One of the best things you can do early on in your project is define a coding standard.
This has a number of benefits:
- Standard inline documentation
- No indentation conflicts when editing others code
- Reduced cognitive overhead when switching files and code blocks
- Less time talking about coding standards
- Enable static analysis of code based on inline documentation
Now in PHP we are very lucky to have an organisation that defines sensible standards for code, the FIG (or Framework Interoperability Group). These come in the form of PSR-1 and PSR-2. These standards are pretty loose but all of the major frameworks use them, but it's worth making sure the standard you choose does too.
When choosing a coding standard if you have framework or library you use a lot, then you should consider having a coding standard that matches it. By doing this the "other" code that you come into contact with most. This has the added benefit that if you get a new team member they're going to feel at home with the similar style to code they have seen before.
Also this gives you a direct way to defuse arguments about X styling trait, pass on the blame to the library you are taking your style from.
The next important thing to bare in mind is no one will follow your standard if you can't automatically fix your code to it. If you mildly disagree with the indentation or styling of code it's easy to gloss over that if it's automatically fixed just before you commit, but if you have to go through each instance and fix them manually, people will get pissed off. Ultimately unhappy developers don't do things that they don't want to - especially easy to be missed things like a coding standard.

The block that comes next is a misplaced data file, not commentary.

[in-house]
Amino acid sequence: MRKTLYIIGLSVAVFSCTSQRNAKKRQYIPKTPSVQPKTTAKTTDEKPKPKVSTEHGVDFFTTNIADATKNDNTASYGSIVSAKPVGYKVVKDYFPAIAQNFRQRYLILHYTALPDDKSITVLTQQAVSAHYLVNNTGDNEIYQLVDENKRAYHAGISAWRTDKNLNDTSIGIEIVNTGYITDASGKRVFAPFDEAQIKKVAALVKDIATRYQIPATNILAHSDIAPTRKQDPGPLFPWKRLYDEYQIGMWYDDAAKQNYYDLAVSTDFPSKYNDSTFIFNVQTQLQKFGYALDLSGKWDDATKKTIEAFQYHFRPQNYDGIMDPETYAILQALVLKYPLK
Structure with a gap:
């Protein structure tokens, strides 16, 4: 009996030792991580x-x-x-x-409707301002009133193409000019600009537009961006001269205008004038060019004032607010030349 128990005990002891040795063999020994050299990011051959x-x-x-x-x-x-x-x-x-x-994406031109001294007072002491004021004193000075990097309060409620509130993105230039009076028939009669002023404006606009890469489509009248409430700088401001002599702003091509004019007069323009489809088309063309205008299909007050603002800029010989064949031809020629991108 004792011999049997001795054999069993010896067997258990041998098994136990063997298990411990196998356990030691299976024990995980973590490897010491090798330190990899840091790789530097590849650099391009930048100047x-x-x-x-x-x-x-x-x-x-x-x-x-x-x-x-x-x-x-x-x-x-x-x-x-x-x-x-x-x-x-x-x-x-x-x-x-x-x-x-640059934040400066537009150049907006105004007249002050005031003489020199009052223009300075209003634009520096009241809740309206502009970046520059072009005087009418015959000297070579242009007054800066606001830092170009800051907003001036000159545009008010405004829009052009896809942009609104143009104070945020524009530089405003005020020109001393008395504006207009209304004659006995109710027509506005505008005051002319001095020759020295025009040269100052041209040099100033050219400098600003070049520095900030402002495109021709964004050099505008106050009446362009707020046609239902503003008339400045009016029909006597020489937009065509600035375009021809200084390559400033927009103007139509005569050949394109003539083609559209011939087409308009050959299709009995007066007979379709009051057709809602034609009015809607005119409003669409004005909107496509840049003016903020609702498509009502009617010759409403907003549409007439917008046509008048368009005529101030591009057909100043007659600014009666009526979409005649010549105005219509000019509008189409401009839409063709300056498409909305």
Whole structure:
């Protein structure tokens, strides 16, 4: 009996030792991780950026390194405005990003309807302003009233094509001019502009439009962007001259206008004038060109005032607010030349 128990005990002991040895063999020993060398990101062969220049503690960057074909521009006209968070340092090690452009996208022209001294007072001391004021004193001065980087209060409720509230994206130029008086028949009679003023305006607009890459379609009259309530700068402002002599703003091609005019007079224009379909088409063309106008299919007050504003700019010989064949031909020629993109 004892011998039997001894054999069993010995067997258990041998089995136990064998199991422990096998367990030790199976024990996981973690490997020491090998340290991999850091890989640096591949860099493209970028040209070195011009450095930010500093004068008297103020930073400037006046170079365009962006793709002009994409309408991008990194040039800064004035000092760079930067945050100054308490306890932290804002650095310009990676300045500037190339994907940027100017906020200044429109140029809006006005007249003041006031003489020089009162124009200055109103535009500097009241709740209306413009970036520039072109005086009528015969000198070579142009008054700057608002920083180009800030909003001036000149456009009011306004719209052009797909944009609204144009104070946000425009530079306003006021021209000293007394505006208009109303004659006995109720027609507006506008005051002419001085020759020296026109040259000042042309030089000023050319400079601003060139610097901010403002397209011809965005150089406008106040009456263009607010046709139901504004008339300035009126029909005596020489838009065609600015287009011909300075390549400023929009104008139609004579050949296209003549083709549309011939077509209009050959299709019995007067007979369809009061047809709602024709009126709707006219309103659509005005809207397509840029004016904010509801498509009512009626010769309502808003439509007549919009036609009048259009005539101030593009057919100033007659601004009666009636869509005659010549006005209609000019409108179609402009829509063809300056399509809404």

To this end I would recommend using php-cs-fixer. PHP-CS-Fixer is a PHP tool that will help you fix your PHP code to follow, by automatically fixing the problems with coding style in your codebase.
You can run it in a couple of ways. Firstly just standalone using someone elses standard.
php-cs-fixer fix /path/to/project --rules=@Symfony
Would fix your project to
You can even add extra fixers too
php-cs-fixer fix /path/to/project --rules=@Symfony,ordered_class_elements
Would fix your project to
Symfony standard, and include the
ordered_class_elements fixer, that orders the elements in a class.
Getting each developer to remember what flags to pass for a project could be tricky though, so you can save this in a
.php_cs.dist file with your standard in.
This is a copy of what my standard looks like.
<?php return PhpCsFixer\Config::create() ->setRiskyAllowed(true) ->setRules( [ '@Symfony' => true, '@Symfony:risky' => true, '@PHP71Migration' => true, 'array_syntax' => ['syntax' => 'short'], 'dir_constant' => true, 'heredoc_to_nowdoc' => true, 'linebreak_after_opening_tag' => true, 'modernize_types_casting' => true, 'no_multiline_whitespace_before_semicolons' => true, 'no_unreachable_default_argument_value' => true, 'no_useless_else' => true, 'no_useless_return' => true, 'ordered_class_elements' => true, 'ordered_imports' => true, 'phpdoc_add_missing_param_annotation' => ['only_untyped' => false], 'phpdoc_order' => true, 'declare_strict_types' => true, 'doctrine_annotation_braces' => true, 'doctrine_annotation_indentation' => true, 'doctrine_annotation_spaces' => true, 'psr4' => true, 'no_php4_constructor' => true, 'no_short_echo_tag' => true, 'semicolon_after_instruction' => true, 'align_multiline_comment' => true, 'doctrine_annotation_array_assignment' => true, 'general_phpdoc_annotation_remove' => ['annotations' => ["author", "package"]], 'list_syntax' => ["syntax" => "short"], 'phpdoc_types_order' => ['null_adjustment'=> 'always_last'], 'single_line_comment_style' => true, ] ) ->setCacheFile(__DIR__.'/.php_cs.cache') ->setFinder( PhpCsFixer\Finder::create() ->in(__DIR__) );
This file is hands in other ways. You can also tell
php-cs-fixer to skip certain files.
See this finder line
->setFinder( PhpCsFixer\Finder::create() ->in(__DIR__) );
You ignore files by adding this
->setFinder( PhpCsFixer\Finder::create() ->in(__DIR__) ->notPath('/^app\/check.php/') ->notPath('/^web\/config.php/') );
You can find a full guide on everything you can do with php-cs-fixer here. But hopefully this is enough to get you started using a tool that is super useful for all PHP projects.